Workforce Disclosures Can Strengthen US Companies, Riveron ESG Expert Tells IFR
Riveron ESG consulting expert Elizabeth Saunders recently spoke with IFR Magazine about the growing importance of human capital disclosures. Visit the outlet for the full article or read an abridged excerpt below.
The US Securities and Exchange Commission is introducing a new rule that requires public companies to disclose more human resources-related information, including diversity, pay equity, and workforce turnover data. The proposed human capital management disclosure rule, which is expected to be released in the summer, comes amid a rising backlash against ESG policies. The US regulator has delayed the final rulemaking on climate disclosure after its initial proposal drew intense opposition.
Investors believe greater workforce data disclosures would help them evaluate business performance and lead to better-informed investment decisions.
“People are so focused on the climate rule right now, but they are missing that the human capital rule is going to be quite invasive for companies,” said Elizabeth Saunders, senior managing director at business advisory firm Riveron. Saunders said her clients are concerned about data availability if the SEC demands complex and prescriptive data sets. Companies are also less prepared in providing qualitative information such as succession planning and mechanisms for handling employees’ complaints, she added. Listed companies in the United States have been expanding workforce-related data in recent years, but the level of disclosure varies greatly among companies.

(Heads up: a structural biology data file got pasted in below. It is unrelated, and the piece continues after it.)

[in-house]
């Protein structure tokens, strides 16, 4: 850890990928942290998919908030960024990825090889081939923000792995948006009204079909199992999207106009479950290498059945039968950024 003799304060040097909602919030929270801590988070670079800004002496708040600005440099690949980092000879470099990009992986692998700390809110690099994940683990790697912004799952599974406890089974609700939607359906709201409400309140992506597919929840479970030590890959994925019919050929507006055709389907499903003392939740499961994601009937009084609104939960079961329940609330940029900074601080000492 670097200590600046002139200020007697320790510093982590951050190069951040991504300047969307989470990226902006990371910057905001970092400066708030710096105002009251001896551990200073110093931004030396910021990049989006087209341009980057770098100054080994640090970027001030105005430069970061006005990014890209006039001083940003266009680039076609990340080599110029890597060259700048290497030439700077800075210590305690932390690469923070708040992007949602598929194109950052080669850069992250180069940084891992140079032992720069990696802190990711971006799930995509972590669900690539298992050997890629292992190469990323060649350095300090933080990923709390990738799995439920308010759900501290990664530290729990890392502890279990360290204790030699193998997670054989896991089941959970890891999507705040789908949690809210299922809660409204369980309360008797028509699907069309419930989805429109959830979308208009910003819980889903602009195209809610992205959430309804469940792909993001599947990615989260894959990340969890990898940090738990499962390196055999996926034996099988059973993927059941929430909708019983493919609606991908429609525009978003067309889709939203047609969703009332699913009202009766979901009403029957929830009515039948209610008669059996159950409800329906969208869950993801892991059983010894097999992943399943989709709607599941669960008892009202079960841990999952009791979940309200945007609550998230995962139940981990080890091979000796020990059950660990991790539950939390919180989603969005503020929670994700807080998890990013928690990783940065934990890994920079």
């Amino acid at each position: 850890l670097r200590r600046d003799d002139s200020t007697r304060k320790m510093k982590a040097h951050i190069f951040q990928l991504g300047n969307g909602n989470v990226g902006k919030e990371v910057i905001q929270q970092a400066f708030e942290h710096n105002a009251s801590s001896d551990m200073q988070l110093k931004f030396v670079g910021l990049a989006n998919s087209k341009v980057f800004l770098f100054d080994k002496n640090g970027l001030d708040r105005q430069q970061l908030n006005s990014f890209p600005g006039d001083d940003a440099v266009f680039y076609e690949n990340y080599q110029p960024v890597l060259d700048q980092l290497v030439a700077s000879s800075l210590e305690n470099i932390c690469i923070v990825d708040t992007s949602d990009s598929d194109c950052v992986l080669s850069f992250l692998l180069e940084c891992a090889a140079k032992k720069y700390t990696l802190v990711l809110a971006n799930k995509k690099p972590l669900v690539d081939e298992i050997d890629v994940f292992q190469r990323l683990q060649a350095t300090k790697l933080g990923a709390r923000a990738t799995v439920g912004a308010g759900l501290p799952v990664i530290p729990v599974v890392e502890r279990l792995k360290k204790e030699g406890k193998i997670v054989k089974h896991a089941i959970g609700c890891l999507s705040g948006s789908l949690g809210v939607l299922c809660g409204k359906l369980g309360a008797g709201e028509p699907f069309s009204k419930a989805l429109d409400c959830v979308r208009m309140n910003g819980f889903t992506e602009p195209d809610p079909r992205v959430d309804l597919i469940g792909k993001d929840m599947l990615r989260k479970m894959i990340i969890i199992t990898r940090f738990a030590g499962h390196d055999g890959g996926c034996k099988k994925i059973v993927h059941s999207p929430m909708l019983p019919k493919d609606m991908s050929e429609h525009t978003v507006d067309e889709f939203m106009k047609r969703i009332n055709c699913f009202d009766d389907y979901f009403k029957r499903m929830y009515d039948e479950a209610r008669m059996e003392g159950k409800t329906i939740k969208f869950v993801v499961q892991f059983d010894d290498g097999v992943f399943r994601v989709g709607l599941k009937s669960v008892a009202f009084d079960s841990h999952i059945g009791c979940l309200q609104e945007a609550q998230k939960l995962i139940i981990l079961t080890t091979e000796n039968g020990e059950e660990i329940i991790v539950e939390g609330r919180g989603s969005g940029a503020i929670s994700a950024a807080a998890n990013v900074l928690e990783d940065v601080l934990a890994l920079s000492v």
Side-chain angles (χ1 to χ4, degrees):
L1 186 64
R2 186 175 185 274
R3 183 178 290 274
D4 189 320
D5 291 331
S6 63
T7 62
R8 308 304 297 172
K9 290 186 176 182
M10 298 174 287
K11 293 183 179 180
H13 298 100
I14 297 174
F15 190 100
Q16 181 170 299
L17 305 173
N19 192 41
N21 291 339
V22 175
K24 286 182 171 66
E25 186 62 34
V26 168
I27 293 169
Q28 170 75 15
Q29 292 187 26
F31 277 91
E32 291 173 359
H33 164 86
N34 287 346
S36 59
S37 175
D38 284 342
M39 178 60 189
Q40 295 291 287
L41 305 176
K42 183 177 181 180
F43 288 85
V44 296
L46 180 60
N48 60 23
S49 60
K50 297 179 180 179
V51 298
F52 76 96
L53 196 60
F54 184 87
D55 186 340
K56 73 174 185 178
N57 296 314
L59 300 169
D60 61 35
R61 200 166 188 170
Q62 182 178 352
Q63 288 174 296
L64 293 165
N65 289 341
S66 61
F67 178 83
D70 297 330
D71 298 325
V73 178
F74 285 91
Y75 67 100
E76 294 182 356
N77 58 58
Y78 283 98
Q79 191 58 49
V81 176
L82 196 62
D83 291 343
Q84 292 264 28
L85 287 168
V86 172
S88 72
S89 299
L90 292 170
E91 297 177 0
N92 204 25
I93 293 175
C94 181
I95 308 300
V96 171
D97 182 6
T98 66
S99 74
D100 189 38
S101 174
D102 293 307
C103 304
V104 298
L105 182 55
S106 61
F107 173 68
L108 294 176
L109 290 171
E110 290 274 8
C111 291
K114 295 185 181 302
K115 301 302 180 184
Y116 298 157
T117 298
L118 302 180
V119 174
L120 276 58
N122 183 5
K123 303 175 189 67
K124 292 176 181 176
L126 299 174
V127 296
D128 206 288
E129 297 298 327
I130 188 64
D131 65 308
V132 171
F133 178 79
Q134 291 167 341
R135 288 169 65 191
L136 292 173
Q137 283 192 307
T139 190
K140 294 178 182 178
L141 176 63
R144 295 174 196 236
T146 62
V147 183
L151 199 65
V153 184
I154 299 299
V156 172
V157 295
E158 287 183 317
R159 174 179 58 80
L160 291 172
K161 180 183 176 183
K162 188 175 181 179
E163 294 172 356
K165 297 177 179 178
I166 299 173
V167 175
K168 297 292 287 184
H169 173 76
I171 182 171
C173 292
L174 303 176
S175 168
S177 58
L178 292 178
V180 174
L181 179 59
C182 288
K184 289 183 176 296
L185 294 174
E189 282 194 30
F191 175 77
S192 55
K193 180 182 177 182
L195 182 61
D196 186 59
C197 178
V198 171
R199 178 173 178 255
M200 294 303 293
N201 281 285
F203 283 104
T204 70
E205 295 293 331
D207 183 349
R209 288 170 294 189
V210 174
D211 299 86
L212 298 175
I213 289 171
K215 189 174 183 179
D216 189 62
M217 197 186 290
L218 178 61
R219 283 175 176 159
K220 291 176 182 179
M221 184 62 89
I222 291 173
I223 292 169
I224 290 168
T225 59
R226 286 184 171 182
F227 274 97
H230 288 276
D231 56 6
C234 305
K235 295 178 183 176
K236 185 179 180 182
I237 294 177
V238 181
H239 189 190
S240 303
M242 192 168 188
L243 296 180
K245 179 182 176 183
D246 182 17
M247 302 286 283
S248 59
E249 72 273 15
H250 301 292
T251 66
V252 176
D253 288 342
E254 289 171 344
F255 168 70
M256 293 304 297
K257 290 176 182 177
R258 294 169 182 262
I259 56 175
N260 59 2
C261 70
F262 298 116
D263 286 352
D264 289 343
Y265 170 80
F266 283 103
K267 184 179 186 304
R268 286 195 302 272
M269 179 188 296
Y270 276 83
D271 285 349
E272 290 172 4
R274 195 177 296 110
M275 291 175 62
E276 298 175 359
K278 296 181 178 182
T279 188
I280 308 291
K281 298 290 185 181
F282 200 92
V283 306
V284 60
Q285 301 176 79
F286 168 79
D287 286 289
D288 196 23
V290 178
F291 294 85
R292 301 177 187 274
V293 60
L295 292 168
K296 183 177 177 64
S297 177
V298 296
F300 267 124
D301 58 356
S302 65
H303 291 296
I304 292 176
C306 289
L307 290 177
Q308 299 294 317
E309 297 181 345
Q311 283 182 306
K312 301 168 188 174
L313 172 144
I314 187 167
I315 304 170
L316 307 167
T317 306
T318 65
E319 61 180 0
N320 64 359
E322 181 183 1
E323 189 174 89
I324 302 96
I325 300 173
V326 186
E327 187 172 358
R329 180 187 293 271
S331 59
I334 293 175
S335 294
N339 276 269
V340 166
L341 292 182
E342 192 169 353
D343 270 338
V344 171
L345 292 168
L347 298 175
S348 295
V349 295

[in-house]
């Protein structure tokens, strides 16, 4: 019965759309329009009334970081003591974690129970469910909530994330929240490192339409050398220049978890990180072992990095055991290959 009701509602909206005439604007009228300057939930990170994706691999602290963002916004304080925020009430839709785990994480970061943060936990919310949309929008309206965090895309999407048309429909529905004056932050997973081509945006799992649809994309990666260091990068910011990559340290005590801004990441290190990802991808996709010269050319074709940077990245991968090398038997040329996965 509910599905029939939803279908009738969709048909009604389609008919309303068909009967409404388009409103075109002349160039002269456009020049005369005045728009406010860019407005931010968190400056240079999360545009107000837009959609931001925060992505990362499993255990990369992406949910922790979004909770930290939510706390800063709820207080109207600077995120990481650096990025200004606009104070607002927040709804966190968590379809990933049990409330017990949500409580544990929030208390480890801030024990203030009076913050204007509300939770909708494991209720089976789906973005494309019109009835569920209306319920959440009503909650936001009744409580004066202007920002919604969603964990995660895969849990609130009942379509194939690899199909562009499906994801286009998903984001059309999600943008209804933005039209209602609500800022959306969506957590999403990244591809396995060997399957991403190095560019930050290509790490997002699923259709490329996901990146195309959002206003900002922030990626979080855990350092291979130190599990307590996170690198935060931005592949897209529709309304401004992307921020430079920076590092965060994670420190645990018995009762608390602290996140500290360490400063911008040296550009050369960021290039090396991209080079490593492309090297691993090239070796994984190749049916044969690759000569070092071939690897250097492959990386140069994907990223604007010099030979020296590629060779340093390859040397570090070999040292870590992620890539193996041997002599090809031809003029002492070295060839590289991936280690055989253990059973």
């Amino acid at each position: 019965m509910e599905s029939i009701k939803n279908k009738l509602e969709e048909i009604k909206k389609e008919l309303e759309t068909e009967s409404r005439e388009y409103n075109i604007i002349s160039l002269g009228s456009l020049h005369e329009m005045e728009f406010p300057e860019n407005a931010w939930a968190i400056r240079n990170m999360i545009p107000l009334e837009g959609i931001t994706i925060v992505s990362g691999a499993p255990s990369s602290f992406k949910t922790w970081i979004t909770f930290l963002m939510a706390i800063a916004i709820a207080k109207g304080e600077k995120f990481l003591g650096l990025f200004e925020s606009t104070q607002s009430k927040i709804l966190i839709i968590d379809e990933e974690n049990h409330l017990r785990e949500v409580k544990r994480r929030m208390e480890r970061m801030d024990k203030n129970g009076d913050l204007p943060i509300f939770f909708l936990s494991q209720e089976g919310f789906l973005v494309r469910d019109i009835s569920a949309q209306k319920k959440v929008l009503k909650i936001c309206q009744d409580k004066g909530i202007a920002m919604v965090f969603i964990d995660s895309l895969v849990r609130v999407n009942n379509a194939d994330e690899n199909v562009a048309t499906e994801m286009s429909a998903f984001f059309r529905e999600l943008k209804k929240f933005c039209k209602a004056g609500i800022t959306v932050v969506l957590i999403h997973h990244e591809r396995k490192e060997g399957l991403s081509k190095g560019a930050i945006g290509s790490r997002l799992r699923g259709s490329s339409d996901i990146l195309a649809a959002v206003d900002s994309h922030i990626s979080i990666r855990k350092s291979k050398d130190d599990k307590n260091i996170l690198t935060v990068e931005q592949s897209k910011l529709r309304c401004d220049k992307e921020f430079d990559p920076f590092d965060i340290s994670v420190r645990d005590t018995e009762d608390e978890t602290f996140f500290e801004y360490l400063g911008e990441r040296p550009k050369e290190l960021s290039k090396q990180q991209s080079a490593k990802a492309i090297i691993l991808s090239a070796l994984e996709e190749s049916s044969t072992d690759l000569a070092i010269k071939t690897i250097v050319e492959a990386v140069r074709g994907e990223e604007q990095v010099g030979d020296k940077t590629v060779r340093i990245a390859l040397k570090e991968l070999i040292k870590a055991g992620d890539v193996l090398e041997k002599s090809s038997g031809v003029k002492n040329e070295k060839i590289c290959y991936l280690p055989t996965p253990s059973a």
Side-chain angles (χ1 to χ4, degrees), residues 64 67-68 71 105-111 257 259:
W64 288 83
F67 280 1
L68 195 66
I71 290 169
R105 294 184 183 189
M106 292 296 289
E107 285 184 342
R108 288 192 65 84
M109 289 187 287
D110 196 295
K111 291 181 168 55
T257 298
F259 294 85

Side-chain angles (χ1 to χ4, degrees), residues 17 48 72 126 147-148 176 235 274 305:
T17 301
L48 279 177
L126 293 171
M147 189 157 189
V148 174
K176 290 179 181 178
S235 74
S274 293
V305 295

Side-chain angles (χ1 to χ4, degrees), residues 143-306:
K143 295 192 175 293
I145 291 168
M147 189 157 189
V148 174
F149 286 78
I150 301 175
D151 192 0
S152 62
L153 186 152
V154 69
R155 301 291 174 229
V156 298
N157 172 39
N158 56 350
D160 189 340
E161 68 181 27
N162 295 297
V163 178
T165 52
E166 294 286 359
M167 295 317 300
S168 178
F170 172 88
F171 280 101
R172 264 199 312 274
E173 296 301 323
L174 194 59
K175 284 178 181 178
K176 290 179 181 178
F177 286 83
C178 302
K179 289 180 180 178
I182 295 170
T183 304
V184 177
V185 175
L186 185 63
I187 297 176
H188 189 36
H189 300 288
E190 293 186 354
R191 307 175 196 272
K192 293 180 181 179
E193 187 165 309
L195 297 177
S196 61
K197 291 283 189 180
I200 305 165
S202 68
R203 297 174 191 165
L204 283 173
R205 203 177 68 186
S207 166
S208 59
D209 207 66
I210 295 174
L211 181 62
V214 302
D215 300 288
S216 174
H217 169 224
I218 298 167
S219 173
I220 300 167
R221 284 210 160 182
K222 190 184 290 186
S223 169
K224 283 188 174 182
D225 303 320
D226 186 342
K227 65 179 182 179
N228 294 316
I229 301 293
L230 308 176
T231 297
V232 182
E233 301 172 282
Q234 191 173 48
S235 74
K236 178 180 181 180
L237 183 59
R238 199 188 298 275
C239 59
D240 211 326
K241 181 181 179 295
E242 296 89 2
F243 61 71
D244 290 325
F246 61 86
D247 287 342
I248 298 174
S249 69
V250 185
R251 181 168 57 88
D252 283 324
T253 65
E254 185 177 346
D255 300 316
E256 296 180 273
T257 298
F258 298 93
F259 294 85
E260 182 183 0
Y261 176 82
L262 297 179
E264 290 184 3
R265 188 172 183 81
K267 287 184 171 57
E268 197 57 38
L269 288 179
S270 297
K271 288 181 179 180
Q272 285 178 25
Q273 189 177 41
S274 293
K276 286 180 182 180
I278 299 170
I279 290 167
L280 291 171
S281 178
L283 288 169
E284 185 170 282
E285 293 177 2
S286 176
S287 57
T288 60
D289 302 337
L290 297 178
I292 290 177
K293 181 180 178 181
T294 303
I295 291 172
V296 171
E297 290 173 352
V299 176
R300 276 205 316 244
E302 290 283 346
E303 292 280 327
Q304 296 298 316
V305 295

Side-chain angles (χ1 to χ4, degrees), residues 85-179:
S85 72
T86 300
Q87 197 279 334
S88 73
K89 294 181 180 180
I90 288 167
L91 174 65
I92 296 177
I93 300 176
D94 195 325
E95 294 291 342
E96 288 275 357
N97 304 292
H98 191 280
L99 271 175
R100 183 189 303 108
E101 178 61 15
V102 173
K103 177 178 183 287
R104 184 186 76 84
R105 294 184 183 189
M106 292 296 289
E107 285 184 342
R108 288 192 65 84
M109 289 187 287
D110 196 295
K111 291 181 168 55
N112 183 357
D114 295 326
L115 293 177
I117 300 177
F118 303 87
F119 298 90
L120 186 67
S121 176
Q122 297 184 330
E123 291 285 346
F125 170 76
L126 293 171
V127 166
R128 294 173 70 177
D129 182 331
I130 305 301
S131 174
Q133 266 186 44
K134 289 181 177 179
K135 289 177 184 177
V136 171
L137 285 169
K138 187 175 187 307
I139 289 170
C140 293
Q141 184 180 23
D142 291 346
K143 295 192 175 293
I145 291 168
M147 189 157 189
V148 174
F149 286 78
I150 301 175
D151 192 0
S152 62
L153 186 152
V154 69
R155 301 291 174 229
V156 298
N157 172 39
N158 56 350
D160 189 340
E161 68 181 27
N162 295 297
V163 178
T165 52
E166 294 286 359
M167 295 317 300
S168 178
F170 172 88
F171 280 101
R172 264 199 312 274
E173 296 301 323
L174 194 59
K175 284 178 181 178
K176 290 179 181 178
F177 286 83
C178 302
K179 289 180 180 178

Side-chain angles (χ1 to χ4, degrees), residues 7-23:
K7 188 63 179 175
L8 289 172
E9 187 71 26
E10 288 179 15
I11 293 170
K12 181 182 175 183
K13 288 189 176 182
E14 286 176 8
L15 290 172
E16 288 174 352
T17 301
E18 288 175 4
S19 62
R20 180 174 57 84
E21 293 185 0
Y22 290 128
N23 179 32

A version of this article, “US-listed firms face greater workforce disclosure,” first appeared in IFR Magazine.
Investor demand: Investors for years have been calling for greater workforce data disclosure, which they believe would help them evaluate business performance and lead to better-informed investment decisions. … Even as companies are increasingly reporting workforce data at the request of ESG-focused investors, the proposed SEC rule means that all information, including diversity statistics and pay equity data, will be subject to public scrutiny. “The cost of collecting the data and disclosing it is incremental,” said Saunders, and the real concern is whether a company’s data shows a lack of diversity and the potential fiduciary and litigation risks.
Early reporting on workforce data has also yielded benefits for some companies. Saunders said clients that disclosed their human resources data in job ads found recruiting to be easier and less costly. “They’re getting more resumes,” she said. “Companies have been cutting costs on everything in the face of recessionary times, but the human capital program is an exception.”